Clinton holds a slight 48-44 percent edge over Trump among likely voters, with Libertarian Gary Johnson at 4 percent and Green Party nominee Jill Stein at 1 percent in the survey completed Sunday through Wednesday. Clinton held a six-point edge in the previous wave and a 12-point edge in the first wave of the tracking poll by ABC News Sunday (50 percent Clinton vs. 38 percent Trump). In a two-candidate contest, Clinton holds a five-point edge over Trump, 50 to 45 percent.
Trump’s growth in support from 38 percent to 44 percent is fueled by shored-up support among Republican-leaning voting groups as well as a significant boost among political independents. Trump has made up ground among whites, particularly those without college degrees and women. Trump now leads by a 30 percentage point margin among white voters without college degrees, up from 20 points from this weekend. White women now tilt toward Trump by 48 to 43 percent after leaning 49 to 43 percent in Clinton’s favor before.
Trump saw his biggest gains among political independents, favoring Trump by a 12-point margin in the latest tracking poll, 49 to 37 percent, after giving Clinton a narrow edge in late last week. Neither candidate has maintained a consistent lead among independent likely voters in Post-ABC polling this fall.
Other surveys this week paint a mixed picture about how much the race has shifted. The Huffington Post’s national average of polls finds Clinton with a seven-point advantage over Trump, hardly changed in recent weeks. FiveThirtyEight’s forecast, which takes into account state-level surveys, finds only a slight dip in Clinton’s expected popular vote based on recent surveys.
Most expect Clinton to prevail
The Post-ABC tracking poll finds nearly twice as many voters expect Clinton to win the election as predict Trump will prevail (59 percent vs. 30 percent), results that are similar to early September. What has changed is a growing share who think Clinton will win “easily,” rising from 19 percent to 27 percent.
Majorities of Clinton and Trump supporters expect their candidate will win, but there’s a clear gap in certainty. Fully 93 percent of Clinton supporters think she will prevail, and 45 percent expect an easy victory. Among Trump backers, 67 percent expect him to win, but only 20 percent think his victory will come easy.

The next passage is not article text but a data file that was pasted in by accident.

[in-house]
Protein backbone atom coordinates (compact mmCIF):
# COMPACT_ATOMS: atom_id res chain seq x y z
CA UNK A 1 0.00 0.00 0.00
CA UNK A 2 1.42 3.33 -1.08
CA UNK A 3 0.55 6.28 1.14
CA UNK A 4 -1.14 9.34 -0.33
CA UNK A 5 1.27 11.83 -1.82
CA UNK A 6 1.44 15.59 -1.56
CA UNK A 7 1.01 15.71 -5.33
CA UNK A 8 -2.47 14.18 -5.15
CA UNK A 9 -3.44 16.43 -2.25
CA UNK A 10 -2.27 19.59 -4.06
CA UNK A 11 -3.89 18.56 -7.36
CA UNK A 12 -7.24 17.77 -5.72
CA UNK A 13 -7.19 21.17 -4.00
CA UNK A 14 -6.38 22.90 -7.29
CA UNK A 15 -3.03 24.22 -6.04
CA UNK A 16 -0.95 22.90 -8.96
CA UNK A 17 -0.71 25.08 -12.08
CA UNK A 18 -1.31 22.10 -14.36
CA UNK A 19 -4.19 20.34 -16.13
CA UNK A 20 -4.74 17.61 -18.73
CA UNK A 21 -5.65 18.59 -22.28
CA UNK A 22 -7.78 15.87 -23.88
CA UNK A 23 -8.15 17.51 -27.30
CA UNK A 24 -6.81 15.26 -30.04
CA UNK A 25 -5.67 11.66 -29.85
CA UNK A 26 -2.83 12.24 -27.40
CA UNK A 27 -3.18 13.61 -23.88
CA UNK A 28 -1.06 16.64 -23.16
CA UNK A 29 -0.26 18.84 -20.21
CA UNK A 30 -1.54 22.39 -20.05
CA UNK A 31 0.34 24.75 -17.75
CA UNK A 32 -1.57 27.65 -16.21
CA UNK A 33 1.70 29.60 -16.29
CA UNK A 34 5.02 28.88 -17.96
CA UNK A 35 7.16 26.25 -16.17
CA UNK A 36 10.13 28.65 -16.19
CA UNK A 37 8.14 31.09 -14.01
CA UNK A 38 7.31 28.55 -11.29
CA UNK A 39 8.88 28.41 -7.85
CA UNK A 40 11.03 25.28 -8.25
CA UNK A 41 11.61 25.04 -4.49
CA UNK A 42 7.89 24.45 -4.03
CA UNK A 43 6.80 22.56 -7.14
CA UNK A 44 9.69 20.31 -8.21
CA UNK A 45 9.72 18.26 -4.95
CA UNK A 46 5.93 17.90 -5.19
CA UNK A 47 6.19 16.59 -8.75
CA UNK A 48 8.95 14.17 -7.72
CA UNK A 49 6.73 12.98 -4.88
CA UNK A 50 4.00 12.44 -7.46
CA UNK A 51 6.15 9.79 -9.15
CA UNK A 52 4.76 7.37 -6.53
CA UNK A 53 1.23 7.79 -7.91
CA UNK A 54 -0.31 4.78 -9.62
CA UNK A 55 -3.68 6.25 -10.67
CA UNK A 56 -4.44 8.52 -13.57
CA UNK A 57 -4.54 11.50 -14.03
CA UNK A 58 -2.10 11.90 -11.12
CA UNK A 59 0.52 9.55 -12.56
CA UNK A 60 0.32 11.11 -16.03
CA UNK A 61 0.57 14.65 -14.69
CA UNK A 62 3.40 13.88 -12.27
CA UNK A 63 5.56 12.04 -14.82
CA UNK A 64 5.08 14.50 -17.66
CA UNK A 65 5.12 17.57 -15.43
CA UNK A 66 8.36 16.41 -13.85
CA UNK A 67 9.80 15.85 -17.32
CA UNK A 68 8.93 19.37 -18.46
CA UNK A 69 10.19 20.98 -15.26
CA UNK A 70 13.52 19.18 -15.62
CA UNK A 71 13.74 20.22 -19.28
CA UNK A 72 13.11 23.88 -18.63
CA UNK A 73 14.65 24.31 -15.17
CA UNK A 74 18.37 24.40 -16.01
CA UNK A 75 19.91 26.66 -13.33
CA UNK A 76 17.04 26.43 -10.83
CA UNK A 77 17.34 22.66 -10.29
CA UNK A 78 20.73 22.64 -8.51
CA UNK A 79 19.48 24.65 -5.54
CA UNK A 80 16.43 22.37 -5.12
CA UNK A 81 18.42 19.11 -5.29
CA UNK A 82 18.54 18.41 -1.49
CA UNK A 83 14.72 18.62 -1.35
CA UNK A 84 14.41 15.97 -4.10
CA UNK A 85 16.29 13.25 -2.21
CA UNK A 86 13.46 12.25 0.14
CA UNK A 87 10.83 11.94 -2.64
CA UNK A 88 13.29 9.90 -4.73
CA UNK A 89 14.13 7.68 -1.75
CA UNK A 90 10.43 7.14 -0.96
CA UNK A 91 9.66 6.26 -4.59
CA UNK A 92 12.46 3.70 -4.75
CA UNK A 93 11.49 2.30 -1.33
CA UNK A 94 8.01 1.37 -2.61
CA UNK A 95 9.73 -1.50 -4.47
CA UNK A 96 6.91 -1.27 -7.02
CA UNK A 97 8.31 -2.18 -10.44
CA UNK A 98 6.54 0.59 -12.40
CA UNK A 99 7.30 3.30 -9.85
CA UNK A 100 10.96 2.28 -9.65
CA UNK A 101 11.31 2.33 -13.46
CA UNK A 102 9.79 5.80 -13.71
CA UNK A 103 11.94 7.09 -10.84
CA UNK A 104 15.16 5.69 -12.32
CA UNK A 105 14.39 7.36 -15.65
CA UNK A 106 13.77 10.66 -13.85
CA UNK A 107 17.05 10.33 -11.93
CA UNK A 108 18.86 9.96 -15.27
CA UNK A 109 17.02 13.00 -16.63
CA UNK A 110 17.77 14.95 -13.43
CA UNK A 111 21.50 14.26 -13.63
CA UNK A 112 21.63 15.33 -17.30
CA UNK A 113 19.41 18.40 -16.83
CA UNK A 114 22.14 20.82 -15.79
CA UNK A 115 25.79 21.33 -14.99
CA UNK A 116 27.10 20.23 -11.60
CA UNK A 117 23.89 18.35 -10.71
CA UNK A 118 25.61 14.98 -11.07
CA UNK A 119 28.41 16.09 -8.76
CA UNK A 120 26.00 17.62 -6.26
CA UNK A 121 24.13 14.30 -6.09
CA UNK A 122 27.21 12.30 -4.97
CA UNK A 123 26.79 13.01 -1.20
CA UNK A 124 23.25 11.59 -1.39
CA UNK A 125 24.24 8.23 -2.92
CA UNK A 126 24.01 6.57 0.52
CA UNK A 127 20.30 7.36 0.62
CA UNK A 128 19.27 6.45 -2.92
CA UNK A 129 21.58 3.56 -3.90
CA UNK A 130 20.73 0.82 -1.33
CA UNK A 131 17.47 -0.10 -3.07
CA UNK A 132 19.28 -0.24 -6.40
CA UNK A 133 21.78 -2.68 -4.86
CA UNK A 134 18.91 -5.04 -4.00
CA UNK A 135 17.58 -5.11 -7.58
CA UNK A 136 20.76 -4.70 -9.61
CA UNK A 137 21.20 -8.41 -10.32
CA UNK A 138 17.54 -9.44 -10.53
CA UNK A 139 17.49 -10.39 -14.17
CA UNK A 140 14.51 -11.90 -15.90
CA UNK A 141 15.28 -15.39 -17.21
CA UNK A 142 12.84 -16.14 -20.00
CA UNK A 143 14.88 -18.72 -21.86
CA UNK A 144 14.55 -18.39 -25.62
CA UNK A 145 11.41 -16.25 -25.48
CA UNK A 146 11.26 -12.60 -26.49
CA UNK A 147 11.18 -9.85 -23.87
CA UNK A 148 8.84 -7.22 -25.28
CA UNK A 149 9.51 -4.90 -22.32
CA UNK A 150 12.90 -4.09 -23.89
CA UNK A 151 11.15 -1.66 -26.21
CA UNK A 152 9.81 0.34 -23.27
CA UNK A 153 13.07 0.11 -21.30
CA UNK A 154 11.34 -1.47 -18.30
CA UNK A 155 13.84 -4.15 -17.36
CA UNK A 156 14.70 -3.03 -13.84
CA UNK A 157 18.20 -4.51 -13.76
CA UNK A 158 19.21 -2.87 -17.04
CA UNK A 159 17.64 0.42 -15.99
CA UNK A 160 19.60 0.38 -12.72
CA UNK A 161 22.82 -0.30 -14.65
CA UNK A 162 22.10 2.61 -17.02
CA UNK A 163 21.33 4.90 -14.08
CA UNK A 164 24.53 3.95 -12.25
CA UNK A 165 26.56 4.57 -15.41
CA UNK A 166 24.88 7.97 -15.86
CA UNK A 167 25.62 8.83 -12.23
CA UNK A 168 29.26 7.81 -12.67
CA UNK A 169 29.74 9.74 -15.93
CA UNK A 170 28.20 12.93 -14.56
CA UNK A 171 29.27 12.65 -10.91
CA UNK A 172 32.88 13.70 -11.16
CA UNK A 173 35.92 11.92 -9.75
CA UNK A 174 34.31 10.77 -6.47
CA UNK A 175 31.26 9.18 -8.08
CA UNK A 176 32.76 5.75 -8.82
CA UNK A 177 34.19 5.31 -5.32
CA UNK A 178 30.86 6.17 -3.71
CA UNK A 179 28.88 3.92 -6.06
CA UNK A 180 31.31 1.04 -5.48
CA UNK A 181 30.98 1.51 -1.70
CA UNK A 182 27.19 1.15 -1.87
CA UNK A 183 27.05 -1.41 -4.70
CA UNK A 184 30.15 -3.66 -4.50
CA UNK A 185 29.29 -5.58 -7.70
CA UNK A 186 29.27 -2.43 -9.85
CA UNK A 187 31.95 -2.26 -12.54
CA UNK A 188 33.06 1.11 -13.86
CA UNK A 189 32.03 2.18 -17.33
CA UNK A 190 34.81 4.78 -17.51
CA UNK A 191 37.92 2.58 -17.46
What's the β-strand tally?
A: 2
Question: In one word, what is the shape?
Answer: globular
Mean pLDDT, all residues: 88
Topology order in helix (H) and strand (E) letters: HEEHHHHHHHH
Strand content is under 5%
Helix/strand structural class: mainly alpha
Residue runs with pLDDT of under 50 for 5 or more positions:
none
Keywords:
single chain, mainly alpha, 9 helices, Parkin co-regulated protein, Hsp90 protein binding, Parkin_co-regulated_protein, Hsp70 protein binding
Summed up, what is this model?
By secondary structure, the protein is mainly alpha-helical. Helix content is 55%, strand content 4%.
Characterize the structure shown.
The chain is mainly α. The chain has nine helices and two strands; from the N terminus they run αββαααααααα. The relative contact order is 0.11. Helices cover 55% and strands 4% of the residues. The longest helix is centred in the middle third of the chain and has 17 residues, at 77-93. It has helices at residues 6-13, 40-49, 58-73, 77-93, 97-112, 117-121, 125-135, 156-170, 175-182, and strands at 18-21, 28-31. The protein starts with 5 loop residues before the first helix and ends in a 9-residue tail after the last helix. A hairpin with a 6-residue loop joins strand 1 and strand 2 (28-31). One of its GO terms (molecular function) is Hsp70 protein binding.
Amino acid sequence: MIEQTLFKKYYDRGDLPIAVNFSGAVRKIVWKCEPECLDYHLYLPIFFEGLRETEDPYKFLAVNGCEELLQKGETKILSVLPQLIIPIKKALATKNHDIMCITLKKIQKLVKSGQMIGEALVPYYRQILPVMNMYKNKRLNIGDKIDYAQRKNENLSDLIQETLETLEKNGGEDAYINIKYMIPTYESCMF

At a rally Thursday with Michelle Obama, Clinton warned her supporters against complacency and urged them to vote early, saying the race is likely to be closer than polls suggest.
Voter fraud and accuracy of the vote count
Sizable minorities of likely voters express concerns about fraud and inaccuracy at the ballot box, though worries about both have declined in the past month. Fewer than four in 10 voters now say voter fraud occurs very or somewhat often (37 percent), down from 47 percent in early September. Studies of voter fraud have found that it is very rare.
In a separate question, the share of voters saying they do not have confidence votes will be counted accurately dipped from 33 to 28 percent, while the percentage saying they are "very confident" rose from 31 to 43 percent.
Seven in 10 Trump supporters say voter fraud occurs at least somewhat often, including 34 percent who think it happens “very often.” And Trump voters are split on whether votes will be counted accurately across the country, with 50 percent at least somewhat confident and 49 percent “not too” or “not at all” confident.
While Trump voters’ concerns about fraud and vote counting have not changed significantly since last month, Clinton supporters expressed growing confidence in the election process. The share of Democrats who are “very confident” the vote will be accurately counted has grown from 45 percent last month to 70 percent in the new Post-ABC poll. And while more than 1 in 5 Democrats last month thought voter fraud occurs at least somewhat often, that has fallen to slightly more than 1 in 10 in this week’s poll.
This Washington Post-ABC News poll was conducted by telephone October 23-26, 2016, among a random national sample of 1,775 adults, including landline and cell phone respondents. Overall results have a margin of sampling error of plus or minus 2.5 points; the margin of sampling error is plus or minus three percentage points among the sample of 1,150 likely voters. Sampling, data collection and tabulation by Abt-SRBI of New York.